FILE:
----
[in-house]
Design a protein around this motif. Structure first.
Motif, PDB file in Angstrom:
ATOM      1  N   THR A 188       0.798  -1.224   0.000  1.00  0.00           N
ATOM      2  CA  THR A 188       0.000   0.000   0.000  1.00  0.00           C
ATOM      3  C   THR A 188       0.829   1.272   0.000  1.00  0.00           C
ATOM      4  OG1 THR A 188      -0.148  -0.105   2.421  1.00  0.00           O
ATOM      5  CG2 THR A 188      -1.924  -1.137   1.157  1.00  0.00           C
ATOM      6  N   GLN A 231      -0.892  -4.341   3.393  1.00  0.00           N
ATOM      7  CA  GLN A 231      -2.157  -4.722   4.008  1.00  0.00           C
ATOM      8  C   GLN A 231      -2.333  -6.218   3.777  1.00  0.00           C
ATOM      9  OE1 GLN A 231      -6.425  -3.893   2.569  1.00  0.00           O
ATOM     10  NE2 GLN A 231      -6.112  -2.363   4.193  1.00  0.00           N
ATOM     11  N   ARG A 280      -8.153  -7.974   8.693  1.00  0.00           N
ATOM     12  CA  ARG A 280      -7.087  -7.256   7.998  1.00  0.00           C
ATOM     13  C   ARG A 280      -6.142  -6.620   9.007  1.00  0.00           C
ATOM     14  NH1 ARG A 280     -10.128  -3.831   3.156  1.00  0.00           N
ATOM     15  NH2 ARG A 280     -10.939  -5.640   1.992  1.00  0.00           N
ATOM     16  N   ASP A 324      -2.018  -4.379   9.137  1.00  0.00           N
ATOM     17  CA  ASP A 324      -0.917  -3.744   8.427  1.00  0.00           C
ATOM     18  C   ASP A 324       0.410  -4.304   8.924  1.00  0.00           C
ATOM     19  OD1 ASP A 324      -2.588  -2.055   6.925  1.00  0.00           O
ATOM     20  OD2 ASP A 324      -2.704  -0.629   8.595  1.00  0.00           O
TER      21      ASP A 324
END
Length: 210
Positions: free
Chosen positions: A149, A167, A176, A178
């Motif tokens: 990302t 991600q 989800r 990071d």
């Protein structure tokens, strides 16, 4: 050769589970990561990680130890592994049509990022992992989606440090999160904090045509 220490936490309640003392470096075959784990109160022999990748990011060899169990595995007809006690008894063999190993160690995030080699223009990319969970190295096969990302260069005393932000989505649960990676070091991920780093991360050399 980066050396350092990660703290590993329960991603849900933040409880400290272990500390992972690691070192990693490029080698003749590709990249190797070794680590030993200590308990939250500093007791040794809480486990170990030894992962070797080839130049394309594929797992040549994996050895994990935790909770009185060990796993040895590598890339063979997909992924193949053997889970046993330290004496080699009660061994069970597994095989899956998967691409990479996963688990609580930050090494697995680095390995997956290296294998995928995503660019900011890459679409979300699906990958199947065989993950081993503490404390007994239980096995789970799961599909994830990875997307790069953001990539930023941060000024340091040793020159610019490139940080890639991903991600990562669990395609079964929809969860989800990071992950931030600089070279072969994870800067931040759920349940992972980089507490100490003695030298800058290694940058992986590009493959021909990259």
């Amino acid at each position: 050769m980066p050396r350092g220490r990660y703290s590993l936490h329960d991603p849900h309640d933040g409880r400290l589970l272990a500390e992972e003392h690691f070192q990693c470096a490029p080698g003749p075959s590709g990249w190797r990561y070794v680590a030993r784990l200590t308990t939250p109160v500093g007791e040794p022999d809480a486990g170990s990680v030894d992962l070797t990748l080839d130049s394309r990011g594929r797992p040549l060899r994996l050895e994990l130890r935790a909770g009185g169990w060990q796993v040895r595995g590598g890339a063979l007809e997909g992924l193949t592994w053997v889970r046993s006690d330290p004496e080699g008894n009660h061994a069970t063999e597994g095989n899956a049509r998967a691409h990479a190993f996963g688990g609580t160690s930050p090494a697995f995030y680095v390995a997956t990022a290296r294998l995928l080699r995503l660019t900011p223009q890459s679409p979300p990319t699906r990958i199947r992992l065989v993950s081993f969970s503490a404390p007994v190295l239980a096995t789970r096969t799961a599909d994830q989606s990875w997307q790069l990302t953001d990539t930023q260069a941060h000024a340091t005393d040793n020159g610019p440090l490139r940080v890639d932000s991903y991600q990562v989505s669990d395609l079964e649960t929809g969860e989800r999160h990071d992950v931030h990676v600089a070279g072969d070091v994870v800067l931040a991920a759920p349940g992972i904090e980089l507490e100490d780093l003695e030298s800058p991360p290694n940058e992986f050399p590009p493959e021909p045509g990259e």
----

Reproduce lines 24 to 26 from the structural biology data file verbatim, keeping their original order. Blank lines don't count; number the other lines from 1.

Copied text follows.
TER      21      ASP A 324
END
Length: 210